No longer in your debt

The relationship between Asia’s G3 and domestic currency bond markets has been as radically transformed during the past decade as Asia’s relationship with the West.

The first 10 years of FinanceAsia.com have been topped and tailed by two very different financial crises that share a common underlying theme -- misallocation of credit on a grand scale. When Financeasia.com was launched in June 2000, Asia was still grappling with the fallout of a spectacular regional lending boom that had gone bust. It was a crisis magnified by currency mismatches that crippled companies, which had borrowed heavily in US dollars only to find they could no longer repay debts, which spiralled after foreign investors fled and their country's currency pegs collapsed.

Asia's determination not to be caught in the same trap twice had a number of consequences - one unforeseen. Where previously excess liquidity had been funnelled into the pet projects of Asia's crony capitalists, it was now hoarded by central banks and partially recycled back to the West where it fuelled a new and equally unsustainable consumer credit boom. But Asia in 2007 was better prepared to withstand the new global financial crisis which swept across the world, and that was because it had also been channelling domestic savings into building up local currency debt markets.

No country better underlines this trend than the Philippines, which has made huge strides in both the international and domestic debt capital markets over the past decade. In 2000, the country barely had a domestic debt market to speak of. Its government had consequently been forced to become a mainstay of the G3 (dollar, yen and euro) bond markets. But, at that point in time, its eternal quest to plug a budget deficit constantly straining under poorer-than-expected tax receipts, was being undermined by a poor reputation for deal management as well. Hence its major deal of 2000 -- a $1.6 billion cash and exchange offering involving power company Napocor - was badly received.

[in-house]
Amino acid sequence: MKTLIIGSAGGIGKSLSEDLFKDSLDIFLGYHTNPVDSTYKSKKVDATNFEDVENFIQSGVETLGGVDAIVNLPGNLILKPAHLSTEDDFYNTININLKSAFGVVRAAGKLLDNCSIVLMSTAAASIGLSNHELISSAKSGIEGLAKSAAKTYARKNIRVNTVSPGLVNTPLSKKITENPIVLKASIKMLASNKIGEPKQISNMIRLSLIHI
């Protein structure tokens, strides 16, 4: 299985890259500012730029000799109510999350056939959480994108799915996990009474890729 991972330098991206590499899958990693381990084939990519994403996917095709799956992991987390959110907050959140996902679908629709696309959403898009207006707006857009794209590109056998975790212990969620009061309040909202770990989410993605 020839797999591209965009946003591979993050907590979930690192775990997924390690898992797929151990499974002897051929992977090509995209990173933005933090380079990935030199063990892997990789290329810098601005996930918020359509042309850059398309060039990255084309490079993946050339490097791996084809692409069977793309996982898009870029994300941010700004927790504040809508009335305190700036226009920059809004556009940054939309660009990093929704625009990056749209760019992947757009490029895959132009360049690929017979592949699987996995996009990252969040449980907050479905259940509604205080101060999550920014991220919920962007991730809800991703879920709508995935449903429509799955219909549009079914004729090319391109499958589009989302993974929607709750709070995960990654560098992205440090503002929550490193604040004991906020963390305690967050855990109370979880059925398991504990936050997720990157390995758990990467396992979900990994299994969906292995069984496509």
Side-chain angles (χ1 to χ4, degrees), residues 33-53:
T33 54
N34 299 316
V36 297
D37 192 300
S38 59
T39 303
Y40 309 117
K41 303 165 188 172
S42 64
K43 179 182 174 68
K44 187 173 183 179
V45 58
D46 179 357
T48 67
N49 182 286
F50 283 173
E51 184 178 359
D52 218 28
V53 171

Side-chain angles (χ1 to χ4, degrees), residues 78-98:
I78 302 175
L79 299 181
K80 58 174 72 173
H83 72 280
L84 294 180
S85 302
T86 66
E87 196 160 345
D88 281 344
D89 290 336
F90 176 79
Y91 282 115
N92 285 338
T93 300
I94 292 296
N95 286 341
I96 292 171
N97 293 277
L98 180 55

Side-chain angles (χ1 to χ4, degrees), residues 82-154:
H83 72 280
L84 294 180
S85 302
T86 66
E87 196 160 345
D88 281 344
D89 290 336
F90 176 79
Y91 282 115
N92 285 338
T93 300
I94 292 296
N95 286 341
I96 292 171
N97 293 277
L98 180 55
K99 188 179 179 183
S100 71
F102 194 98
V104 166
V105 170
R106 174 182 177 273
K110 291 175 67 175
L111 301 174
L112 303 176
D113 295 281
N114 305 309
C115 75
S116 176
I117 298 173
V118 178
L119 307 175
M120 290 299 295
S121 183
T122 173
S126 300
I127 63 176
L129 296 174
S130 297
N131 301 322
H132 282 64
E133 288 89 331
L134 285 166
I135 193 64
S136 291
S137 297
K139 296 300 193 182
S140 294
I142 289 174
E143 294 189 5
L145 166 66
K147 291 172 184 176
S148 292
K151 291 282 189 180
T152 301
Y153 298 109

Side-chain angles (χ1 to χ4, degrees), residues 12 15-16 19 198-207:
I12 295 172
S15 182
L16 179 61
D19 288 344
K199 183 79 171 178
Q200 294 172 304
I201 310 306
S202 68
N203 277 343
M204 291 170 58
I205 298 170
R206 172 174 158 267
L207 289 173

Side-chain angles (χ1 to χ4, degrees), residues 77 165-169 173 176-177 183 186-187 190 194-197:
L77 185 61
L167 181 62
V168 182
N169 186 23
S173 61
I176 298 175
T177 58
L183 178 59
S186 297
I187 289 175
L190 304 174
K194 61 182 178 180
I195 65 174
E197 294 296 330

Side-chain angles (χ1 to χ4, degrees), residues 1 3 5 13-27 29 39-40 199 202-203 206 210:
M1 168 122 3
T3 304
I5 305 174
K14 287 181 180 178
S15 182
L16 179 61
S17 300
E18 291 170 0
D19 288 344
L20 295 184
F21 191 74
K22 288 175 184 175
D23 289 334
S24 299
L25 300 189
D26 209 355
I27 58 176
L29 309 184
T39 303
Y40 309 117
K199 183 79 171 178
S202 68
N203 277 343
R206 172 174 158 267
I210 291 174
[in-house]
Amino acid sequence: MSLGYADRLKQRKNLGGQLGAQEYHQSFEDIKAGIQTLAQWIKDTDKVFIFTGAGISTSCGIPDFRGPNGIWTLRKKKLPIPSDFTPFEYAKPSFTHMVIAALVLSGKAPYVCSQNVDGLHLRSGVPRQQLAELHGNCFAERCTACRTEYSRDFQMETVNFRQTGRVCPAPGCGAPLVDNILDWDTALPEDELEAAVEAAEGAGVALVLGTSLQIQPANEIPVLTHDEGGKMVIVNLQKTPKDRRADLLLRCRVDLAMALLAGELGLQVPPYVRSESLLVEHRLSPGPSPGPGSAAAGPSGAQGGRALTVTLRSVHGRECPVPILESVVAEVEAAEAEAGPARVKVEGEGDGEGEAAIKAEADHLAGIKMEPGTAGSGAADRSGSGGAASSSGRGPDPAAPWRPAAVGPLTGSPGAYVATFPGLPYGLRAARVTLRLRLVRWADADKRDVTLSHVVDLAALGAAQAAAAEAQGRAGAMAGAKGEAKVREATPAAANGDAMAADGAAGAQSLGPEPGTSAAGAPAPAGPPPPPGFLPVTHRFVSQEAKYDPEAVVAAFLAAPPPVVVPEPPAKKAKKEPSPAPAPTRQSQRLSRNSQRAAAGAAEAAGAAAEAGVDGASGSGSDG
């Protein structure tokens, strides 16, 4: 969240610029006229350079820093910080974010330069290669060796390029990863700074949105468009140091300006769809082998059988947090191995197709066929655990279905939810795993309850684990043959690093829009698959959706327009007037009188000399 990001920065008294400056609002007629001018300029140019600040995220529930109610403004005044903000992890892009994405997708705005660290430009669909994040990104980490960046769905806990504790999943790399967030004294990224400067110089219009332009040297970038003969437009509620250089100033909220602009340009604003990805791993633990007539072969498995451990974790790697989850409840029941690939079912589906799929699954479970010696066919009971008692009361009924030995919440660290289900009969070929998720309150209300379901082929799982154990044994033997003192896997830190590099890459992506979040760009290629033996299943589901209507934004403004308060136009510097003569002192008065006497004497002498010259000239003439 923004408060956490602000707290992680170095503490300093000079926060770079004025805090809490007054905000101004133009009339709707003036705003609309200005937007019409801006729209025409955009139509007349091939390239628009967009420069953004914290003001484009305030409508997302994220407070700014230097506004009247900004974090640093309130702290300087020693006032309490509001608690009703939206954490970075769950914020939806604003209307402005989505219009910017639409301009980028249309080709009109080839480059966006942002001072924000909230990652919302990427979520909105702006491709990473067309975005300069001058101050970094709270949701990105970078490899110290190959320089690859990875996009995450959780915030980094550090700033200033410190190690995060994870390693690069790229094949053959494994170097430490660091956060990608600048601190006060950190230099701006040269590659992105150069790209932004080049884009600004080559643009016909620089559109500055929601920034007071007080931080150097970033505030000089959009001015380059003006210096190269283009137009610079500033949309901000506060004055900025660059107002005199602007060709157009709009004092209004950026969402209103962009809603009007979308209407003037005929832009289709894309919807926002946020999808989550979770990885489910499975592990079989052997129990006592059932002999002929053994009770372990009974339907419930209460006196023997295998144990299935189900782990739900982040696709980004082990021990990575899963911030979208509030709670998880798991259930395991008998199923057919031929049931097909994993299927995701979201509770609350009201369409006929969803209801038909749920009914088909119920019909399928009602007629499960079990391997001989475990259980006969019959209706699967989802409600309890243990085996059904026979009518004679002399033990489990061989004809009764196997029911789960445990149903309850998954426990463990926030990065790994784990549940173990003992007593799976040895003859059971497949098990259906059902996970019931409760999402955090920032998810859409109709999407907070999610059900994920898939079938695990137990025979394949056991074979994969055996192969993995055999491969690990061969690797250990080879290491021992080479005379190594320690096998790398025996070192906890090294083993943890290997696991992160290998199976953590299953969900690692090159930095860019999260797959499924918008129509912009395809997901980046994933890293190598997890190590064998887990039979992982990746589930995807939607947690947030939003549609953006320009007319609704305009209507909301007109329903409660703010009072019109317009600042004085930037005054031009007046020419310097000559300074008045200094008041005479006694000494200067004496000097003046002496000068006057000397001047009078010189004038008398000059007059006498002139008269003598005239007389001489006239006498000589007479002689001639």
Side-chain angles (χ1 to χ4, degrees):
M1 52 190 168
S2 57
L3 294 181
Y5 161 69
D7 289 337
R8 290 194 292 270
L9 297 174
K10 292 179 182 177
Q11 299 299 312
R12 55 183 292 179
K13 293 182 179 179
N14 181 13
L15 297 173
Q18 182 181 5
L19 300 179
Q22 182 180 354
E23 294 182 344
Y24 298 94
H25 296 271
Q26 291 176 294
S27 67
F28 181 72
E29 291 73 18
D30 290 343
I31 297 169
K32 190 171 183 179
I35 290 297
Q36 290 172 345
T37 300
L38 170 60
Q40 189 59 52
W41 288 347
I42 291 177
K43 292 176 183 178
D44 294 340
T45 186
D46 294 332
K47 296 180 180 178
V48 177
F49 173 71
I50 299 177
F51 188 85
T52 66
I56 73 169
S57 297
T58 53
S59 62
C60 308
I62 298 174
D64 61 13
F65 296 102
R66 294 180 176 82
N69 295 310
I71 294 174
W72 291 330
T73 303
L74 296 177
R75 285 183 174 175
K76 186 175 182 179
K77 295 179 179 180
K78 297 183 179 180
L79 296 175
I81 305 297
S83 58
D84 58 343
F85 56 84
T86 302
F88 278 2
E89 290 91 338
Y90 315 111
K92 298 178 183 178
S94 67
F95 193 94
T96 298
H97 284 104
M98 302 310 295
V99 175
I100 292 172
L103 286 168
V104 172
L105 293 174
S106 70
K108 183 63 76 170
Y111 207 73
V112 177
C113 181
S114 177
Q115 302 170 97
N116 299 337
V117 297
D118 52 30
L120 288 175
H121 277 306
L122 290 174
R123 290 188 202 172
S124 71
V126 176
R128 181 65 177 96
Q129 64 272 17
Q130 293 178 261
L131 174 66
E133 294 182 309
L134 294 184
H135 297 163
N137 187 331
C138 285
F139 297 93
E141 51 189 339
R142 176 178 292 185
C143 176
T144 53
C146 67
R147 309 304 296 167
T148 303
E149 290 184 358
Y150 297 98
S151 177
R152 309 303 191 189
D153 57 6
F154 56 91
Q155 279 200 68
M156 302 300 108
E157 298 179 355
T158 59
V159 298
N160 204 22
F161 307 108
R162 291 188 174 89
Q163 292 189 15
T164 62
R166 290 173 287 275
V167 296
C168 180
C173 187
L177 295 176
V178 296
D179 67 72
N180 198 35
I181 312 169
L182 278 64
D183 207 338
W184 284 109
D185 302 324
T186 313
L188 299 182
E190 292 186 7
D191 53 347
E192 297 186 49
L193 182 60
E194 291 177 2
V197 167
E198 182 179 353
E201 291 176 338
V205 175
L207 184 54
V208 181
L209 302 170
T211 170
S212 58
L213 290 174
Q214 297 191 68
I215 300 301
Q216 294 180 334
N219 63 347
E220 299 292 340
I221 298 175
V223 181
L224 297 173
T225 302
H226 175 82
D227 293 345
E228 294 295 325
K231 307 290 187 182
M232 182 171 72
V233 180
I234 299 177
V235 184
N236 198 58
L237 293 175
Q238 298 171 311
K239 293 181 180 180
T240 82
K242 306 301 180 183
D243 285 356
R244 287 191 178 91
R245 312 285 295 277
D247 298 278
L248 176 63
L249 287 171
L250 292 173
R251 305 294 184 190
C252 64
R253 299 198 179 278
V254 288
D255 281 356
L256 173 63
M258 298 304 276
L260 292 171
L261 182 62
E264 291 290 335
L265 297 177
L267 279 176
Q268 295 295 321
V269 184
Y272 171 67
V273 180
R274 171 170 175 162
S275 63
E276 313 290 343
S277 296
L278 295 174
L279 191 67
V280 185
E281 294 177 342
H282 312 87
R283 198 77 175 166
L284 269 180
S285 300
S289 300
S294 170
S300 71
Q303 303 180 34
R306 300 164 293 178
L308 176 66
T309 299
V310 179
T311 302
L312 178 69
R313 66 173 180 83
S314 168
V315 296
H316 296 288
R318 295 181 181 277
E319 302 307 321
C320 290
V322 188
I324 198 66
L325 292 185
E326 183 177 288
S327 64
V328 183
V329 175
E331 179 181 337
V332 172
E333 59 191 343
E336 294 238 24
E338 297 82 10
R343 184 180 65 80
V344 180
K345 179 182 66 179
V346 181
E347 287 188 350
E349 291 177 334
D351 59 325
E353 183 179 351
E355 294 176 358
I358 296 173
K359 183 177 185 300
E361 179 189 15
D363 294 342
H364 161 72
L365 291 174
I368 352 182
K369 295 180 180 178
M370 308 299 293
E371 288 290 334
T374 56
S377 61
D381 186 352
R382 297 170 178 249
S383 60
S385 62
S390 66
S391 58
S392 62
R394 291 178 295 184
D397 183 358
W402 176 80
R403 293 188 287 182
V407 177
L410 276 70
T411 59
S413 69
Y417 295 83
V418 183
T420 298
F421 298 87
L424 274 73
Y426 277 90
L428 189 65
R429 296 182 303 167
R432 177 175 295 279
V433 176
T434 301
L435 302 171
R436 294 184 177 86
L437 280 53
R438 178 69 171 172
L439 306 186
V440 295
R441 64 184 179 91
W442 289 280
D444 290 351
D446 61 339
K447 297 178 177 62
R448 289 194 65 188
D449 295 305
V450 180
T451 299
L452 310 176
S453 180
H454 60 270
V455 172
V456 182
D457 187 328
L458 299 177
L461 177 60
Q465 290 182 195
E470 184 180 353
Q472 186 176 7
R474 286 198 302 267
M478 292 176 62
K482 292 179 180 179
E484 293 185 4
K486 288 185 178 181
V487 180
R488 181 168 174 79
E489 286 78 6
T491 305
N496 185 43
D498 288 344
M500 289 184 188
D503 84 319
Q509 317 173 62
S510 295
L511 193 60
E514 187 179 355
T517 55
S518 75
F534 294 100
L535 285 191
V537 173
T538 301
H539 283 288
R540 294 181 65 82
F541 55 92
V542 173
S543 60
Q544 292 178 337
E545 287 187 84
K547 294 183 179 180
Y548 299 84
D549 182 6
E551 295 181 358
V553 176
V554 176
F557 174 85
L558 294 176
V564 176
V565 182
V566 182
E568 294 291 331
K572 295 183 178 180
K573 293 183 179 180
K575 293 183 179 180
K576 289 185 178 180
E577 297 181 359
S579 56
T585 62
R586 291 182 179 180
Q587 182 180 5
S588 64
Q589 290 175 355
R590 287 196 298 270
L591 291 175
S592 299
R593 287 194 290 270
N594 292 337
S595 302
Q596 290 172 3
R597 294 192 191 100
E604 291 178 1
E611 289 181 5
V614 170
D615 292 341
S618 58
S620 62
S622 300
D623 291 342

The deal was mistimed, coming hard on the heels of an escalating corruption scandal involving an associate of then President and former movie actor Joseph Estrada. Investors also said they were tired of the government constantly telling them it had launched its last bond issue of the year, only for another one to miraculously appear the next time spreads tightened.

One decade on, the Philippines still remains in thrall to its colourful politics, with Estrada back contesting a new Presidential election. But the reputation of the country's financing team has entered a completely different league thanks to the hard work and experience they've gained in the markets over the past decade. As Stephen Williams, HSBC's head of Asia-Pacific debt capital markets, puts it: "The Philippines is very disciplined in the way it conducts its bond business these days. It's learnt to choose good market windows and it does deals fast and efficiently, intra-day."

And borrowers now have the option of a domestic bond market as a source of financing as well. In March 2009, for example, the brewer San Miguel opted to make its debut bond deal in the domestic rather than the international bond markets where spreads had ballooned and market access was still difficult. Its Ps38.8 billion ($800 million) deal was four times the size of anything that had gone before it.

Indeed, 2009 was a record year for the domestic Asian currency markets (ex-Japan). Dealogic figures show that $356 billion was raised over the course of the year via 2,176 transactions (excluding asset- and mortgage-backed securities). That was five times the $71 billion raised through the G3 bond markets that year (itself a record) and 15 times the $23 billion raised through local currency markets in 2000 when 370 transactions were priced.

Much of that growth has come from China whose corporate borrowers accounted for about $221 billion during 2009, up from just $3.5 billion at the start of the decade when the government operated an extremely strict quota system. Back then, only large state-owned enterprises (SOEs) were allowed to issue debt and were subject to an approval process that could take up to a year. They also required a bank guarantee before issuance, which effectively killed any credit differentiation between them.